How to Secure Peace in Liberia
With Comfort Ero, The Observer, 29 June 2003
Nobody expects the current pause in the fighting in Liberia to last very long. Unless bold and decisive international action is taken to bring lasting peace to this troubled country, a devastating humanitarian catastrophe is all too likely.
An important signal was given by President George W. Bush's clear call on 26 June for President Taylor to stand down. But this must be followed up. The Security Council Mission now travelling to the region, led by UK Permanent Representative Jeremy Greenstock, has the chance to give substantial momentum to the currently stalled peace negotiations. If it doesn't, and the international community fails to act effectively now, the more intense fighting that has already reached into the heart of Liberia's capital could spiral out into ugly violence right across the region.
Liberia has not known real peace for more than a decade. Its first civil war, from 1989 to 1996, saw at least 200,000 people killed and over half a million displaced. The election victory in 1997 of one of the rebels, Charles Taylor, should have marked the end of fighting but low intensity conflict continued, escalating recently with the formation of the anti-Taylor group LURD (Liberians United for Reconciliation and Democracy) and then its offshoot, MODEL (Movement for Democracy in Liberia). With Taylor sponsoring insurgents fighting in Sierra Leone's war, and conflict also spilling into Guinea and up from Cote d'Ivoire, his Liberia has already dangerously destabilised much of West Africa, and worse could follow.
On 4 June Liberia's war was catapulted to a new level when the prosecutor of the Special Court for Sierra Leone made public the Court's indictment of President Taylor for war crimes committed in Sierra Leone's own devastating conflict. This was a bold move: criticised by some for its timing, but well calculated overall both to maintain the viability of the Sierra Leone peace settlement and to increase the pressure for a settlement in Liberia and the rest of West Africa.
The day Taylor's indictment was published he was in Ghana for the opening of a new round of peace talks brokered by the regional African body ECOWAS. Promising to stand down at the end of his presidency in January 2004, he sped back to Monrovia: given safe passage by Ghana because they had promised him security for the talks. The rebels, perhaps inspired by the indictment, launched a drive on the capital which produced hundreds more deaths before a ceasefire was signed on 17 June between Taylor's government, LURD and MODEL. The parties agreed to develop within a month - by 17 July - a blueprint for a comprehensive peace agreement, and a transitional government that would not include President Taylor.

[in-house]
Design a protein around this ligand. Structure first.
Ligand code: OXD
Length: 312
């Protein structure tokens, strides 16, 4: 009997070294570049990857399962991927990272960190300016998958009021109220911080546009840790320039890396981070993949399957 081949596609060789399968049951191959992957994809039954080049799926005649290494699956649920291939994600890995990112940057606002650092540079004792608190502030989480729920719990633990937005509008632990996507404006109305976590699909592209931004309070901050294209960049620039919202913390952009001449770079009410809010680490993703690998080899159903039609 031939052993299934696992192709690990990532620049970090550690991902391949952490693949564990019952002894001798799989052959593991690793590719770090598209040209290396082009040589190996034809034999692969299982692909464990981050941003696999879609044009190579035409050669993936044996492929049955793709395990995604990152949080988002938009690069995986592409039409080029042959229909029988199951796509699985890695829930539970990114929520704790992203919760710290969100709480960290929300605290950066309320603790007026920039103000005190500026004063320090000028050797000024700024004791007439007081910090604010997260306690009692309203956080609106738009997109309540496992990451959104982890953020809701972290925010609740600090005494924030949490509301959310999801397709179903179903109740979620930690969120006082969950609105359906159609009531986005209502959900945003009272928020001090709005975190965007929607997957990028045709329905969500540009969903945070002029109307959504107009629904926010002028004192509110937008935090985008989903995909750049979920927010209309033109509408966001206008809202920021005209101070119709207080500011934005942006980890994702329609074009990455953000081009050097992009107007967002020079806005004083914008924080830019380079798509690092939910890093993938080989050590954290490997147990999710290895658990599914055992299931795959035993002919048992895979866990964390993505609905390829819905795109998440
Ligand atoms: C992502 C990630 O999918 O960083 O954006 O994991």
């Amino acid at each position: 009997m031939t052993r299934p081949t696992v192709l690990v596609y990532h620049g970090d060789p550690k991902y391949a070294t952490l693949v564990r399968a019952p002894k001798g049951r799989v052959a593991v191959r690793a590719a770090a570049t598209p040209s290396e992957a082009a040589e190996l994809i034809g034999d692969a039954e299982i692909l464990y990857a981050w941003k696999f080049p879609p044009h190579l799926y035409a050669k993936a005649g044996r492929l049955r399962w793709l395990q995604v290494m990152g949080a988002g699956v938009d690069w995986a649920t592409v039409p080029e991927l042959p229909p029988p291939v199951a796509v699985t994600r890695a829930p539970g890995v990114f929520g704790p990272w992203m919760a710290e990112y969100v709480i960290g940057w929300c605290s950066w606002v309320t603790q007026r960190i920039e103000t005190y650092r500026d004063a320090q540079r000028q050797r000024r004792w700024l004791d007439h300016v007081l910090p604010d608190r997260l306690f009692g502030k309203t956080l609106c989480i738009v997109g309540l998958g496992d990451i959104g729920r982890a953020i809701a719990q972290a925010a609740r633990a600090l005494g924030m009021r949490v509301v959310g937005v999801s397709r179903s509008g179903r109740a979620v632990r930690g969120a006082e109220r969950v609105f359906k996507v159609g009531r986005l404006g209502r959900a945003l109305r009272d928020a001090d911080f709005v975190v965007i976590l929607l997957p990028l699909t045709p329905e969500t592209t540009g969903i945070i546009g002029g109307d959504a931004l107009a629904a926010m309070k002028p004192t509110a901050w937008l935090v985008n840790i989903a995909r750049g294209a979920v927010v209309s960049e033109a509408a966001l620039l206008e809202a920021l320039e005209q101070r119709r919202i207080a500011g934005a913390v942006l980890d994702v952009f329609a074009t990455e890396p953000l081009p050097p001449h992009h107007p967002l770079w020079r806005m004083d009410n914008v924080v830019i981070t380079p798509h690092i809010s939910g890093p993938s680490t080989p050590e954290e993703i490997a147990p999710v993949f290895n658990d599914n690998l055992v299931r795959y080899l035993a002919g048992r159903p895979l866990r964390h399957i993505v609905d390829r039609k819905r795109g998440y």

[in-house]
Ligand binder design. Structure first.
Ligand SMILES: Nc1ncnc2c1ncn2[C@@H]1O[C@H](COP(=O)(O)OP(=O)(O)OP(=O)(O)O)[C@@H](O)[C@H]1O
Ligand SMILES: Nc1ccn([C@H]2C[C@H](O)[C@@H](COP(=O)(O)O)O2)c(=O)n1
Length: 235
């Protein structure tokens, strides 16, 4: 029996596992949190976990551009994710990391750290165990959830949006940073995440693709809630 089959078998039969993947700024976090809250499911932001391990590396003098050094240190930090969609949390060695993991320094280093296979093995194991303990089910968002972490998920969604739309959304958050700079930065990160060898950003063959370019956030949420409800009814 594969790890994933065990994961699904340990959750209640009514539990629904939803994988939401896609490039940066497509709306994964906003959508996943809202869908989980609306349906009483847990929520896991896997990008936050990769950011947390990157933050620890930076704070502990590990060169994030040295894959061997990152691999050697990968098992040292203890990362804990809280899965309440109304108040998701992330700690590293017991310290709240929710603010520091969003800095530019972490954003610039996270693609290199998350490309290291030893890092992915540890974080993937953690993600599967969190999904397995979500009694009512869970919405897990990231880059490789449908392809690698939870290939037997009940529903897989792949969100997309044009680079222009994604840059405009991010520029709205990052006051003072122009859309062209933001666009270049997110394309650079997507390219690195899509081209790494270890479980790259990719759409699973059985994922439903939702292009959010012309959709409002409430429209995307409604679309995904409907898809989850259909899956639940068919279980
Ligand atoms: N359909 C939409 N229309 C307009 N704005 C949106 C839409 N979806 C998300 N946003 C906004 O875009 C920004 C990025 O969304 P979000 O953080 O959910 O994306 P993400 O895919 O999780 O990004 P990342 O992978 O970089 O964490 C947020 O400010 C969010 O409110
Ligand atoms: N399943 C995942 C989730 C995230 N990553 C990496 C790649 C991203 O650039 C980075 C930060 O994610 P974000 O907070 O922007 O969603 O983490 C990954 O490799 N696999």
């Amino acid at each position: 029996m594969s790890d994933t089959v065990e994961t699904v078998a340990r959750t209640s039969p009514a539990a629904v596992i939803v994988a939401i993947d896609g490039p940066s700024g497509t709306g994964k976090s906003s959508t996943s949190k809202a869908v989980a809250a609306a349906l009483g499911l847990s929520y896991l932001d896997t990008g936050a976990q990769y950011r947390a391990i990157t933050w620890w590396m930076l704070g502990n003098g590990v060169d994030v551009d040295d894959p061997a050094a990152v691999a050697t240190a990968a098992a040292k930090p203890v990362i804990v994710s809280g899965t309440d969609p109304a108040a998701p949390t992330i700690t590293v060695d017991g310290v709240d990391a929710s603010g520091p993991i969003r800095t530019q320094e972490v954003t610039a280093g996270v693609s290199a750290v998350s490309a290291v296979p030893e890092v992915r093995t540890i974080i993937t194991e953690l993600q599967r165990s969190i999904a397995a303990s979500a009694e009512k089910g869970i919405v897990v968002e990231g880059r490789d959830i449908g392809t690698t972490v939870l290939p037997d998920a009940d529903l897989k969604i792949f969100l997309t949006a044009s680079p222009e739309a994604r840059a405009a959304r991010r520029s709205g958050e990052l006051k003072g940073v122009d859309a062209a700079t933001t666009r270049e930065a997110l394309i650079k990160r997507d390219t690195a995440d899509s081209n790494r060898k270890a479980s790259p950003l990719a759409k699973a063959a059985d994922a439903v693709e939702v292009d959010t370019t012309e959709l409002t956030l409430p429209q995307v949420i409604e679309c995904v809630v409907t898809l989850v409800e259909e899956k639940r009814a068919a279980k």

But that negotiated ceasefire lasted no more than a few days. Taylor quickly backed out of his commitment, calling it a "dream" that he would relinquish power in a month and talking about running for re-election in January. The rebels, continuing to insist on the deal they thought they had cut, made spectacular advances into the capital. Rocket and grenade fire rocked the EU, UN and American Embassy compounds where thousands of refugees have been concentrating. Many were killed in the fighting, and there were terrible reports of murder, rape and looting.
Now both LURD and the Government have unilaterally declared ceasefires, both claiming victory in meeting their immediate objectives. But with none of the underlying issues resolved, the fighting could resume at any time. Government forces have already begun reprisal action - rape, beatings, harassment - in areas of the city they have retaken, and Taylor has made it abundantly clear that he will stop at nothing to hold on to power.
Monrovia, meanwhile, remains a city of desperation. Nothing works. At night the streets are pitch dark. There is no running water. People have rushed into the centre of the city to escape heavy fighting or forced recruitment, and some quarter of a million are sleeping rough there. Though many thousands are desperate for food, water and medical help, aid agencies are extremely limited in what they can do, with 60 per cent of the country completely inaccessible to them.